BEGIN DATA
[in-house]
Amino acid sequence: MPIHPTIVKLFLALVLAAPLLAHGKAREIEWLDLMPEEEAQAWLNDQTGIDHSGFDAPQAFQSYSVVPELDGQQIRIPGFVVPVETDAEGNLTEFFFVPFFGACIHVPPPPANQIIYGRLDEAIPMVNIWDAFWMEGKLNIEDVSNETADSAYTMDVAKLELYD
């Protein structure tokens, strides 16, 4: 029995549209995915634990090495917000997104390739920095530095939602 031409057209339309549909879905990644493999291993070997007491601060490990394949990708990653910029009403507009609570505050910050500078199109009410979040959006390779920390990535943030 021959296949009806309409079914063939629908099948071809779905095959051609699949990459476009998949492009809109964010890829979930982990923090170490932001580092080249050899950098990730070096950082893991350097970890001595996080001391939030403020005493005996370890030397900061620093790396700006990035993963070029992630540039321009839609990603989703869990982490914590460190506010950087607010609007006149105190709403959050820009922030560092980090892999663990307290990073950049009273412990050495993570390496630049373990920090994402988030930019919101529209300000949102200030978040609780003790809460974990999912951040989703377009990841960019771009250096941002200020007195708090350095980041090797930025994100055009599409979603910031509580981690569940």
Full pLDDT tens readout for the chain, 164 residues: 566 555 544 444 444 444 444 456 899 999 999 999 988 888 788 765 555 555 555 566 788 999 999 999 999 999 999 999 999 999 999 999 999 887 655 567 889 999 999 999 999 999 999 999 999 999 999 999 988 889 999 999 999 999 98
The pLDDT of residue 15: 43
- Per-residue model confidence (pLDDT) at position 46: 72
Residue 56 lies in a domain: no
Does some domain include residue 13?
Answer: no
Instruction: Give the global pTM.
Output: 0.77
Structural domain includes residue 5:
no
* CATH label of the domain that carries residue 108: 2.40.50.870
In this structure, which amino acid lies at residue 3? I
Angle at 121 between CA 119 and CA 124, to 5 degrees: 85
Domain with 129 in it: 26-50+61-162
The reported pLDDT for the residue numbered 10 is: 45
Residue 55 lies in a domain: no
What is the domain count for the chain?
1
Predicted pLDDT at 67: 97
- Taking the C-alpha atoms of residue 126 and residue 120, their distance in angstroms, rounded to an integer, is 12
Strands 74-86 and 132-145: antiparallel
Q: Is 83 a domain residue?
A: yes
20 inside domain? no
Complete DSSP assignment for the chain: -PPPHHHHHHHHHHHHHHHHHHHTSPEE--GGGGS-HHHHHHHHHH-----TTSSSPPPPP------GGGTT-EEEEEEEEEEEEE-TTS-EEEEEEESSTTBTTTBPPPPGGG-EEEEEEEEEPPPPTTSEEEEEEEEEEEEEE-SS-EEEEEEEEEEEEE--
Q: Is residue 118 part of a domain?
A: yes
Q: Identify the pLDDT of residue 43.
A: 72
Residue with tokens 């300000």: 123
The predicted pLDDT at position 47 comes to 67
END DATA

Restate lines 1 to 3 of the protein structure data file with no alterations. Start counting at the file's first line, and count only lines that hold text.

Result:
[in-house]
Amino acid sequence: MPIHPTIVKLFLALVLAAPLLAHGKAREIEWLDLMPEEEAQAWLNDQTGIDHSGFDAPQAFQSYSVVPELDGQQIRIPGFVVPVETDAEGNLTEFFFVPFFGACIHVPPPPANQIIYGRLDEAIPMVNIWDAFWMEGKLNIEDVSNETADSAYTMDVAKLELYD
């Protein structure tokens, strides 16, 4: 029995549209995915634990090495917000997104390739920095530095939602 031409057209339309549909879905990644493999291993070997007491601060490990394949990708990653910029009403507009609570505050910050500078199109009410979040959006390779920390990535943030 021959296949009806309409079914063939629908099948071809779905095959051609699949990459476009998949492009809109964010890829979930982990923090170490932001580092080249050899950098990730070096950082893991350097970890001595996080001391939030403020005493005996370890030397900061620093790396700006990035993963070029992630540039321009839609990603989703869990982490914590460190506010950087607010609007006149105190709403959050820009922030560092980090892999663990307290990073950049009273412990050495993570390496630049373990920090994402988030930019919101529209300000949102200030978040609780003790809460974990999912951040989703377009990841960019771009250096941002200020007195708090350095980041090797930025994100055009599409979603910031509580981690569940």